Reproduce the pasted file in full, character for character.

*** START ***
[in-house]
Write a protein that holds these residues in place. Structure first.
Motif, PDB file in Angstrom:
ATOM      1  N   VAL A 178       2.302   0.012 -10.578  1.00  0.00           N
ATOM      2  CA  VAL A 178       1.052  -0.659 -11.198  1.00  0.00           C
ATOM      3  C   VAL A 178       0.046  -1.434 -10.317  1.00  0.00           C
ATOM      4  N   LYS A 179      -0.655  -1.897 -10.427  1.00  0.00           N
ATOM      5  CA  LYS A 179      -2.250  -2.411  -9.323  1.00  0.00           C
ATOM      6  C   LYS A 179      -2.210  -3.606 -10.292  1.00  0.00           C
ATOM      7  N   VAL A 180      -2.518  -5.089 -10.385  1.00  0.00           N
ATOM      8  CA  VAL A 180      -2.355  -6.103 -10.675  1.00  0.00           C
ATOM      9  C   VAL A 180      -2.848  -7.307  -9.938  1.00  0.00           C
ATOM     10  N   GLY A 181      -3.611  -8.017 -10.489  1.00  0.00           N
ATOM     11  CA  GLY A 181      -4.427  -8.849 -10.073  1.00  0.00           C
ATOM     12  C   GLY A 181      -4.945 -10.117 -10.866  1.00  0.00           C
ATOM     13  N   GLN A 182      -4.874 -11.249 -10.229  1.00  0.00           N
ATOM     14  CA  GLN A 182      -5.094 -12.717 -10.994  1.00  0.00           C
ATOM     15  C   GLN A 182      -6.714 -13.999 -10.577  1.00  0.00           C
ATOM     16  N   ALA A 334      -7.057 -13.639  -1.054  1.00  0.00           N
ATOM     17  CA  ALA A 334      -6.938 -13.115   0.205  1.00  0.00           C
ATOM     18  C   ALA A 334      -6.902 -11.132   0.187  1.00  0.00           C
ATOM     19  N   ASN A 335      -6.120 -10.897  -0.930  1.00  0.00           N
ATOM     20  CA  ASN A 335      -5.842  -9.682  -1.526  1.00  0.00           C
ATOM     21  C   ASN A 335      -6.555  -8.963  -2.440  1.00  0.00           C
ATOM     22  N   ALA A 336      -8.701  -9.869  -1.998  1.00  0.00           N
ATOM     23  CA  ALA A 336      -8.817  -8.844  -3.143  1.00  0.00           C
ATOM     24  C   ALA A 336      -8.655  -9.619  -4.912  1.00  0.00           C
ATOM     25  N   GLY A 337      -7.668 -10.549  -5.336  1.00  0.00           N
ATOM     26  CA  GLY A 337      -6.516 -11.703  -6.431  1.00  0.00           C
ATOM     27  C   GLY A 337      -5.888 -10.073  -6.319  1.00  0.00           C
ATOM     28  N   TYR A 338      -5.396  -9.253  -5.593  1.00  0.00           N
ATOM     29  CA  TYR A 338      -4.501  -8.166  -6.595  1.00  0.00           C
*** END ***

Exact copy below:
[in-house]
Write a protein that holds these residues in place. Structure first.
Motif, PDB file in Angstrom:
ATOM      1  N   VAL A 178       2.302   0.012 -10.578  1.00  0.00           N
ATOM      2  CA  VAL A 178       1.052  -0.659 -11.198  1.00  0.00           C
ATOM      3  C   VAL A 178       0.046  -1.434 -10.317  1.00  0.00           C
ATOM      4  N   LYS A 179      -0.655  -1.897 -10.427  1.00  0.00           N
ATOM      5  CA  LYS A 179      -2.250  -2.411  -9.323  1.00  0.00           C
ATOM      6  C   LYS A 179      -2.210  -3.606 -10.292  1.00  0.00           C
ATOM      7  N   VAL A 180      -2.518  -5.089 -10.385  1.00  0.00           N
ATOM      8  CA  VAL A 180      -2.355  -6.103 -10.675  1.00  0.00           C
ATOM      9  C   VAL A 180      -2.848  -7.307  -9.938  1.00  0.00           C
ATOM     10  N   GLY A 181      -3.611  -8.017 -10.489  1.00  0.00           N
ATOM     11  CA  GLY A 181      -4.427  -8.849 -10.073  1.00  0.00           C
ATOM     12  C   GLY A 181      -4.945 -10.117 -10.866  1.00  0.00           C
ATOM     13  N   GLN A 182      -4.874 -11.249 -10.229  1.00  0.00           N
ATOM     14  CA  GLN A 182      -5.094 -12.717 -10.994  1.00  0.00           C
ATOM     15  C   GLN A 182      -6.714 -13.999 -10.577  1.00  0.00           C
ATOM     16  N   ALA A 334      -7.057 -13.639  -1.054  1.00  0.00           N
ATOM     17  CA  ALA A 334      -6.938 -13.115   0.205  1.00  0.00           C
ATOM     18  C   ALA A 334      -6.902 -11.132   0.187  1.00  0.00           C
ATOM     19  N   ASN A 335      -6.120 -10.897  -0.930  1.00  0.00           N
ATOM     20  CA  ASN A 335      -5.842  -9.682  -1.526  1.00  0.00           C
ATOM     21  C   ASN A 335      -6.555  -8.963  -2.440  1.00  0.00           C
ATOM     22  N   ALA A 336      -8.701  -9.869  -1.998  1.00  0.00           N
ATOM     23  CA  ALA A 336      -8.817  -8.844  -3.143  1.00  0.00           C
ATOM     24  C   ALA A 336      -8.655  -9.619  -4.912  1.00  0.00           C
ATOM     25  N   GLY A 337      -7.668 -10.549  -5.336  1.00  0.00           N
ATOM     26  CA  GLY A 337      -6.516 -11.703  -6.431  1.00  0.00           C
ATOM     27  C   GLY A 337      -5.888 -10.073  -6.319  1.00  0.00           C
ATOM     28  N   TYR A 338      -5.396  -9.253  -5.593  1.00  0.00           N
ATOM     29  CA  TYR A 338      -4.501  -8.166  -6.595  1.00  0.00           C